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Old September 11th 03, 03:06 PM posted to alt.talk.weather,ne.weather,sci.geo.meteorology
Dan Dan is offline
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Default Isabel and GFS

I agree with pretty much your general thought, and I didn't want to imply I
believed the value of long term models was zero.

Regarding the =/ 18-hour forecast failing on small scale features,
sometimes these small scale feature have a tremendous impact and can be a a
matter of life and death. An extreme instance for example was late summer
in 2002. NWS Sterling forecasted 10-15kts all morning and day on the
Chesapeake Bay. From mid-morning thru the evening the winds were steady
upper teens to 20kts. No SCA were posted on their 10am nor the 4pm updates,
and two men drowned when their johnboat took on too much water b/n 12 & 2pm
that day. By 6pm, the NWS updated their 4pm marine forecast with SCA,
however, by that time, the winds were abating as the sun set. Errors in the
small scale features in the short-term, are magnitude exponentially in the
long-term.

"Joseph Bartlo" wrote in message
...
Dan wrote:

Computer models fail at times when predicting whether as far out as 18
hours.


For specific and generally small scale features.

The reliability for their accuracy 8, 10, or 11 days in the future is

nothing
more than fun to look at and ponder.


I think they are quite a bit more helpful than that. People routinely

making
medium range forecasts will attest that there is indeed a value for days

8-10,
and the general large scale pattern often forecast rather consistently.

The
fluctuations make them appear less reliable though.

Some people need to pipe down their enthusiasm that wx models are

god-like
--- although you are not one of them.


I generally agree with this statement, though the trick with tropical
cyclones is knowing how the actually storm would behave differently than
modeled (primarily because it would be MUCH stronger than modeled - though
there are other reasons - some which for which it may be unclear how it
would differ).




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Old September 11th 03, 04:19 PM posted to alt.talk.weather,ne.weather,sci.geo.meteorology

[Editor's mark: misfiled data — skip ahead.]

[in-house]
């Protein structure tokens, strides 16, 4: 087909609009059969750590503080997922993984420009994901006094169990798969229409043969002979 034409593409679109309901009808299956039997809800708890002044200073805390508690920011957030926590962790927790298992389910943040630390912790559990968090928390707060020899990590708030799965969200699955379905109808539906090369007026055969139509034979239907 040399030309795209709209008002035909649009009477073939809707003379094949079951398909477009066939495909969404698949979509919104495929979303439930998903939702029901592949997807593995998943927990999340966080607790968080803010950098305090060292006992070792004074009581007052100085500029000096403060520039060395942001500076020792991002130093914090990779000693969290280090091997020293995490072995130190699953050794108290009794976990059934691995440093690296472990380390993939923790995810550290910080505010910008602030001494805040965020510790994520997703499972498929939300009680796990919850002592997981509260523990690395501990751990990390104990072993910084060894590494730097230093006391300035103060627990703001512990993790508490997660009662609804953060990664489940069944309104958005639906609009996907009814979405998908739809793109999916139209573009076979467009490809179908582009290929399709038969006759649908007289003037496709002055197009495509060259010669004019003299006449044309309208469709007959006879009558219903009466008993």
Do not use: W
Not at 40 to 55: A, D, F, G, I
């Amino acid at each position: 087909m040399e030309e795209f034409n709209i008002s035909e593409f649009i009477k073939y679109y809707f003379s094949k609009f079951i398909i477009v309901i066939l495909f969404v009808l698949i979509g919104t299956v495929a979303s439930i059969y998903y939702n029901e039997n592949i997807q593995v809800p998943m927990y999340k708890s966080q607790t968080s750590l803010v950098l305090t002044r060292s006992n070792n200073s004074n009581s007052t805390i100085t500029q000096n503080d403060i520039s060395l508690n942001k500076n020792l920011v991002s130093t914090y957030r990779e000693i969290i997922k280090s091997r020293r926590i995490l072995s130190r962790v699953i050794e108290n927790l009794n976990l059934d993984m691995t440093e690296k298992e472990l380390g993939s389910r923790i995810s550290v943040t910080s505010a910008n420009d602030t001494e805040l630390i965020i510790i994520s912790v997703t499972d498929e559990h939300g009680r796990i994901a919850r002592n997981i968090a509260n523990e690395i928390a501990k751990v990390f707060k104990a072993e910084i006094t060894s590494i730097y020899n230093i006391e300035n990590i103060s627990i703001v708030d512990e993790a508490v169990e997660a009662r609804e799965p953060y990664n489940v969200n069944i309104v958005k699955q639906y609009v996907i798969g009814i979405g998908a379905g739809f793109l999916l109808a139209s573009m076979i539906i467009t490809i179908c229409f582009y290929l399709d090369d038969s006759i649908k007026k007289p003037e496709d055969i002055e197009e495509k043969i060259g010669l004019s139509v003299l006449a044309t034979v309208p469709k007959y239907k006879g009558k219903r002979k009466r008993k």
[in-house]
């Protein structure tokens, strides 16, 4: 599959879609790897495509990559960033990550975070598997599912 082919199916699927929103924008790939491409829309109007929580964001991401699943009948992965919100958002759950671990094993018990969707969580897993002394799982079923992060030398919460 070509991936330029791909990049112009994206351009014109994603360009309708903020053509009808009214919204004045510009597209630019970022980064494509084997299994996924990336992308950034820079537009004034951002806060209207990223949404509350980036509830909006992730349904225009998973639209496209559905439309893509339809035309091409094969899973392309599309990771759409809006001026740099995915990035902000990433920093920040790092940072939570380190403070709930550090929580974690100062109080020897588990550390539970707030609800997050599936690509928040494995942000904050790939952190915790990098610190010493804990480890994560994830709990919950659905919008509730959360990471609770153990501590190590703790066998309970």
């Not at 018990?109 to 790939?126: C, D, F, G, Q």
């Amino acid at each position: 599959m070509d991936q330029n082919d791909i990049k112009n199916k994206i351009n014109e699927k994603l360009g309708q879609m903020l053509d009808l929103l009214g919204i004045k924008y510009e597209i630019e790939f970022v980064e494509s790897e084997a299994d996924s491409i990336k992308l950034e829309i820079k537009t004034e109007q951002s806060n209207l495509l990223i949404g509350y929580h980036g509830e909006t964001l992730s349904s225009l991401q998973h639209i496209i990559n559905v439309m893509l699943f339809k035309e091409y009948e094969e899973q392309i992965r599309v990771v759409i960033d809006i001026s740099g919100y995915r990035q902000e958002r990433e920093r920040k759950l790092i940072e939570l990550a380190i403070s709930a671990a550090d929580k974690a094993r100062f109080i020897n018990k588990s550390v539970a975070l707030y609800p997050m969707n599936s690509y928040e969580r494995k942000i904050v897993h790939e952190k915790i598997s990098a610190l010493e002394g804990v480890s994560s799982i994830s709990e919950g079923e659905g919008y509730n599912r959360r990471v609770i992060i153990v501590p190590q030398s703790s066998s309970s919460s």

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Default Isabel and GFS

Along these lines, the runs on Saturday should be interesting, since by then
the Noaa high-altitude jet will have sampled the upper-level enviroment on
Friday and the subsequent GFS runs will have that data.

Mike B.

"Joseph Bartlo" wrote in message
...

I generally agree with this statement, though the trick with tropical
cyclones is knowing how the actually storm would behave differently than
modeled (primarily because it would be MUCH stronger than modeled - though
there are other reasons - some which for which it may be unclear how it
would differ).



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Old September 11th 03, 06:46 PM posted to alt.talk.weather,ne.weather,sci.geo.meteorology
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Default Isabel and GFS

On Thu, 11 Sep 2003 11:06:33 -0400, "Dan"
wrote:

I agree with pretty much your general thought, and I didn't want to imply I
believed the value of long term models was zero.

Regarding the =/ 18-hour forecast failing on small scale features,
sometimes these small scale feature have a tremendous impact and can be a a
matter of life and death.


Even just the speed of the storm can make a major difference in track.
As an example take just two major elements that will effect the final
track of Isabel. First a short wave that is forecast to turn the
storm slightly northwest. The second, ridging over the eastern US
which might tend to swing the track back west again.

From what I can gather if the storm moves slower than expected the
trough will not pull the storm north as much and the ridge will have
more time to develop and provide steering to the west or even
southwest. Just a few hours of difference either way makes hundreds
of miles of difference in track over 5 days.
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Old September 11th 03, 06:57 PM posted to alt.talk.weather,ne.weather,sci.geo.meteorology
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Default Isabel and GFS

In article ,
"Michael Bryson" wrote:

Yeah, I just looked at the 0Z run. It kinda pulls a "Floyd" on south
Florida, coming very close to Palm Beach, then turning SHARPLY to the right.



Looking at the latest WV loops...

http://www.ssd.noaa.gov/PS/TROP/DATA...l-wv-loop.html

....I think it's going to recurve well east (not even close enough to be
a "cockteaser"). Look at the trough going through Florida, and the
complex, multibarrel "Henri" hybrid upper-low thingy setting up....

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Old September 11th 03, 08:00 PM posted to alt.talk.weather,ne.weather,sci.geo.meteorology
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Default Isabel and GFS

In article ,
Michael Bryson wrote:
Along these lines, the runs on Saturday should be interesting, since by then
the Noaa high-altitude jet will have sampled the upper-level enviroment on
Friday and the subsequent GFS runs will have that data.


The first such missioin is scheduled for Saturday.
http://www.nhc.noaa.gov/text/MIAREPRPD.shtml
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disappointment that accompanying their own orgasm wasn't a big BOOM
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